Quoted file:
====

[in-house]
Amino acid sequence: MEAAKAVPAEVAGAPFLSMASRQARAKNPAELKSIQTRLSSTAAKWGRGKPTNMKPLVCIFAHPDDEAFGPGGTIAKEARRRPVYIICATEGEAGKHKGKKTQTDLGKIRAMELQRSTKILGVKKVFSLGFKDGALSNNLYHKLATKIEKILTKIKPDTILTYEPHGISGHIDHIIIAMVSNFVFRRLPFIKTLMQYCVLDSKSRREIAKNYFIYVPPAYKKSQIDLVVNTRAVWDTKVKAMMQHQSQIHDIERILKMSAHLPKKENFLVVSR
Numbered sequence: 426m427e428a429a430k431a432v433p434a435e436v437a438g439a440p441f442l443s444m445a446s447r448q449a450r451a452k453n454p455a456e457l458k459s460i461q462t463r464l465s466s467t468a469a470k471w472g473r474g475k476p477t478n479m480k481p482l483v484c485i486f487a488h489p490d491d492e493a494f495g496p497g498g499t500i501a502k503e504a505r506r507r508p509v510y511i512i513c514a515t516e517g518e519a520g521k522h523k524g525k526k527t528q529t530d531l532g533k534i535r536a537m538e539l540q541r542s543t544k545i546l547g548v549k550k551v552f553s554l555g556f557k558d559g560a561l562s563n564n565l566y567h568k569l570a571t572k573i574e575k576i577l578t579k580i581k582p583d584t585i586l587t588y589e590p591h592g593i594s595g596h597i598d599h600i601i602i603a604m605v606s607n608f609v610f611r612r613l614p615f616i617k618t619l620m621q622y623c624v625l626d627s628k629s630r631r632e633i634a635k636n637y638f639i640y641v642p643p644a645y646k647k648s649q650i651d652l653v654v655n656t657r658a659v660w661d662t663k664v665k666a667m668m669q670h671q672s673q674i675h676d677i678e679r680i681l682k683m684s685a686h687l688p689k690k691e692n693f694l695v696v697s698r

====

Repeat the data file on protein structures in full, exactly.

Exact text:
[in-house]
Amino acid sequence: MEAAKAVPAEVAGAPFLSMASRQARAKNPAELKSIQTRLSSTAAKWGRGKPTNMKPLVCIFAHPDDEAFGPGGTIAKEARRRPVYIICATEGEAGKHKGKKTQTDLGKIRAMELQRSTKILGVKKVFSLGFKDGALSNNLYHKLATKIEKILTKIKPDTILTYEPHGISGHIDHIIIAMVSNFVFRRLPFIKTLMQYCVLDSKSRREIAKNYFIYVPPAYKKSQIDLVVNTRAVWDTKVKAMMQHQSQIHDIERILKMSAHLPKKENFLVVSR
Numbered sequence: 426m427e428a429a430k431a432v433p434a435e436v437a438g439a440p441f442l443s444m445a446s447r448q449a450r451a452k453n454p455a456e457l458k459s460i461q462t463r464l465s466s467t468a469a470k471w472g473r474g475k476p477t478n479m480k481p482l483v484c485i486f487a488h489p490d491d492e493a494f495g496p497g498g499t500i501a502k503e504a505r506r507r508p509v510y511i512i513c514a515t516e517g518e519a520g521k522h523k524g525k526k527t528q529t530d531l532g533k534i535r536a537m538e539l540q541r542s543t544k545i546l547g548v549k550k551v552f553s554l555g556f557k558d559g560a561l562s563n564n565l566y567h568k569l570a571t572k573i574e575k576i577l578t579k580i581k582p583d584t585i586l587t588y589e590p591h592g593i594s595g596h597i598d599h600i601i602i603a604m605v606s607n608f609v610f611r612r613l614p615f616i617k618t619l620m621q622y623c624v625l626d627s628k629s630r631r632e633i634a635k636n637y638f639i640y641v642p643p644a645y646k647k648s649q650i651d652l653v654v655n656t657r658a659v660w661d662t663k664v665k666a667m668m669q670h671q672s673q674i675h676d677i678e679r680i681l682k683m684s685a686h687l688p689k690k691e692n693f694l695v696v697s698r